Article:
Tuesday, December 27, 2011

And The Greatest Pancakes in the Universe are ...

Bunkerman's.  :)

A reprise challenge cage match was held the crisp morning of December 24 on the home turf of Big Al.  The participants were buff and prepared, each having a stock of secret ingredients to use.

Big Al chose the go the all-natural, greenie style route with plenty of zest of lemon for his perfectly formed citrus pancakes. Big Al's plating incorporated orange slices on a field of powdered sugar - quite attractive.

Bunkerman used sophisticated science and technology to capture dark matter and dark energy [aka red and green dark chocolate m&m's) and a few Higg's bosons (semi-dried Bing cherries) to flavor his delicate, fluffy (using cosmic inflation aka sour cream), and yes, a bit crunchy (via chopped walnuts) vanilla multigrain pancakes.  Bunkerman's plating used a Christmas motif - mint leaves and fresh red raspberries - to accentuate the red & green from the embedded m&ms.

Naturally, [ ;) ] man defeated nature and Bunkerman won.  The pancakes were graded according to taste (50%), texture (30%), plating (10%) and creativity (10%).  The contest was a bit close, though, with a point differential of about 20 pts out of a possible 400.

Bunkerman was, of course, modest in his win, simply thanking the judges and looking at his shoelaces as his HS coach used to urge. Big Al was gracious, congratulating Bunkerman for a well-fought match.

And Bunkerman began new plans for Relativistic Pancakes to be ready when Big Al issues a new challenge.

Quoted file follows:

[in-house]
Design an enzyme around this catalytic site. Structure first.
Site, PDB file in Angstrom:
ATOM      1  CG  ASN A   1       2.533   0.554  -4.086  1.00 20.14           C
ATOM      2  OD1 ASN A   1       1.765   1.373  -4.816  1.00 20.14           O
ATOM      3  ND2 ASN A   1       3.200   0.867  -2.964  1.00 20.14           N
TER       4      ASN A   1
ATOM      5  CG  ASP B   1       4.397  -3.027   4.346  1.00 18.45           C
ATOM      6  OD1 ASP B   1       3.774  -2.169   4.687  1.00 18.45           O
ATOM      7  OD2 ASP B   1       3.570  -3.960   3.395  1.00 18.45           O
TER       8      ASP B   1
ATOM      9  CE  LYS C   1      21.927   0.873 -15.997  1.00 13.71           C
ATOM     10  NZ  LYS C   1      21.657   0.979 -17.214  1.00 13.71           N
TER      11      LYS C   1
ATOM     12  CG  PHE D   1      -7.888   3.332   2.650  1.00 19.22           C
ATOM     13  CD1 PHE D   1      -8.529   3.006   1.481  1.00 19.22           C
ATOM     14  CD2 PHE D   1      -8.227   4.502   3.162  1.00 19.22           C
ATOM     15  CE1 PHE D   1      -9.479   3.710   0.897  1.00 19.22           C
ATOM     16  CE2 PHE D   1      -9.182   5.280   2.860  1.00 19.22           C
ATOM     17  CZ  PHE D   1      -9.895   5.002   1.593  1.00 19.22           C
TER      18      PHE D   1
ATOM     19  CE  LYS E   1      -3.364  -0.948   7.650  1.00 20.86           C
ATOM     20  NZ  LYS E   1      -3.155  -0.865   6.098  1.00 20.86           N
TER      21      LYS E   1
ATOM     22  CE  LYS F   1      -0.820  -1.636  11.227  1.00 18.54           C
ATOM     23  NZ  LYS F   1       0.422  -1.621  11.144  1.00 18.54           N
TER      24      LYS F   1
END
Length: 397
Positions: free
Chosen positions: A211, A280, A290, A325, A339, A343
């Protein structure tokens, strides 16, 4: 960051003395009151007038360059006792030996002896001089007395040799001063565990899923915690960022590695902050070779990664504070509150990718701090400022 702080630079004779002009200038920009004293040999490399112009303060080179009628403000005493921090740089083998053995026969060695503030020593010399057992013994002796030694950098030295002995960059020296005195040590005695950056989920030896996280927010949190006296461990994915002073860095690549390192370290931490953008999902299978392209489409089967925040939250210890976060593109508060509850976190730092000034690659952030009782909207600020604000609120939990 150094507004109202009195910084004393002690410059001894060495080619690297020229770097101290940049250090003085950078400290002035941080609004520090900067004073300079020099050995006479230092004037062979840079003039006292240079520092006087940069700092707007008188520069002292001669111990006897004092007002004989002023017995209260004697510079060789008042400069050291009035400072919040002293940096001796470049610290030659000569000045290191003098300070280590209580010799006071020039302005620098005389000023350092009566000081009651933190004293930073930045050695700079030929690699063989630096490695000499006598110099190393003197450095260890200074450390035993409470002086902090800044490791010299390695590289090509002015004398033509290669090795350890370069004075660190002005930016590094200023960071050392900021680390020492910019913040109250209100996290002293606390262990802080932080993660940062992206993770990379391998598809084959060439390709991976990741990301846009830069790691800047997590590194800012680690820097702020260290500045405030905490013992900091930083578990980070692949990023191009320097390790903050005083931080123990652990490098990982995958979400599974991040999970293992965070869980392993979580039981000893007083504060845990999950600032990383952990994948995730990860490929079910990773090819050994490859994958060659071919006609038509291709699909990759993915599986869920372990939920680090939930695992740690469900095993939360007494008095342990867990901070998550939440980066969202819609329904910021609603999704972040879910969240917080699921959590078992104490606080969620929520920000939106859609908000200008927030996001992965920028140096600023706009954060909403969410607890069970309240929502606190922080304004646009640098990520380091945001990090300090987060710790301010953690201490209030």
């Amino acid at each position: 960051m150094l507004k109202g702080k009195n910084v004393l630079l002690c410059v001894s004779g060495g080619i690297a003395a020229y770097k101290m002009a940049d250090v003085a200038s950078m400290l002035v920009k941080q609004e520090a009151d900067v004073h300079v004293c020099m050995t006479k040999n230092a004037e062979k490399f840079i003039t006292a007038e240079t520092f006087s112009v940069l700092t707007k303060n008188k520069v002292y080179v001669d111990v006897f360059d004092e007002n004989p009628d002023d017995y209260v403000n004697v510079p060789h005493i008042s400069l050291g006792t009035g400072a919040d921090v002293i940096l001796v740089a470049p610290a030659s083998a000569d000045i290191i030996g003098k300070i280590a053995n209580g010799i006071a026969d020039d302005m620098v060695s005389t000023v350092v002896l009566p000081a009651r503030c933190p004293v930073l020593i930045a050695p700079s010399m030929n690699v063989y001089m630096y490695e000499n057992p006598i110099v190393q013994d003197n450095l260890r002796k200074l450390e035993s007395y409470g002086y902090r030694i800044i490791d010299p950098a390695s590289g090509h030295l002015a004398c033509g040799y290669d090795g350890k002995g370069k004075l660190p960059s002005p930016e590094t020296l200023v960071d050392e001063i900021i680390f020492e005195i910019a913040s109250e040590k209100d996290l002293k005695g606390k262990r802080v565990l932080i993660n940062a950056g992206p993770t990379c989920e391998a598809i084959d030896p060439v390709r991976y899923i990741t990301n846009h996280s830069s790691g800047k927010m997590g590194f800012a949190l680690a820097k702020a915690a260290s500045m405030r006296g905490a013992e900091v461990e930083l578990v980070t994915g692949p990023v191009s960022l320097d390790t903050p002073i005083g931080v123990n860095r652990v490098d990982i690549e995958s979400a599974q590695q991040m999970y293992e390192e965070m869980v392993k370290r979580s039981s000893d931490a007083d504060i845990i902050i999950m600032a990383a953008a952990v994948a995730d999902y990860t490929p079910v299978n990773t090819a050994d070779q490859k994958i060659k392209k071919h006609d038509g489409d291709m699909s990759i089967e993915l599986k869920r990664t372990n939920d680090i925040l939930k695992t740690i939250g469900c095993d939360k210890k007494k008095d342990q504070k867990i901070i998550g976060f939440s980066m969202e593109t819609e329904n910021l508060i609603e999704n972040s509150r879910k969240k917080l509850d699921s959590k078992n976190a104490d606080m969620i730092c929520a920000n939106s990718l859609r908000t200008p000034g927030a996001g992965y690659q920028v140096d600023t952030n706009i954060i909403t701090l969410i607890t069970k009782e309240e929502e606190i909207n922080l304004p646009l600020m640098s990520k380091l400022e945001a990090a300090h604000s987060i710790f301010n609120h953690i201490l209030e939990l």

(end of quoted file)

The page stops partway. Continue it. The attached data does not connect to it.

Word of the Day

"Felicity" - noun [$10]
Felicity means 1. a. great happiness, bliss; 1. b. an instance of bliss; 2. something producing happiness; 3. an appropriate and pleasing manner or style or an instance of it.
Sentence:  The contestants and judges enjoyed a morning of much felicity, partaking of good food and conversation during the preparation and tasting of two examples of supremely fine pancakes.

Tuesday, December 13, 2011

Education Cost Addendum

When I went to Harvard in the early 1970s, the cost of tuition, room & board was about $4,000 per year.  Let's assume that $3,000 was tuition.  For eight courses of one semester each, the tuition amounts to $375 per course.

Hmmm ... that number is not too far off from the current cost that I computed in yesterday's blog for the cost of a technologically modern course to be delivered to a student.

Thus we see that the entire gains and more from productivity over 40 years have been grabbed by the pharisee class as monopoly profits to themselves by price increases; nothing was passed through to consumers of the education services.

The true cost of college education per course:  about $100 for the lectures on the material, $100 for books and reading, and about $200 for grading services and Q&A.  By technology, this could be kept at early 1970s cost, BUT the pharisees want more ... for providing nothing extra.

Monday, December 12, 2011

The Cost of College Education

... is out of control and a bubble.

The bubble is caused by the monopoly of credentials that seem required by employers in both the private and public sectors.

To deem the cost of college education as a bubble, we must look at the cost and whether a cheaper substitute could accomplish the same result - aka knowledge.

The tuition and fees at Harvard for 2011 runs about $40,000.  The standard load is four courses per semester, making eight per year.  Thus a course costs $5,000 each.  For that, one gets two or three lectures per week, some access time (usually with a graduate student), some assigned papers and and an exam or two graded.

At Ohio State University (I'm not using that pretentious and linguistically false "The" with which the state pompously likes to prefix the name), a year's tuition and fees is about $10,000.  Computing an equivalent eight Harvard style courses, that makes $1,250 per course.

I know the content level of undergraduate and graduate college courses in science, math, humanities and social sciences.  My numerous degrees and extensive, broad course work gave me a very wide exposure at a high level.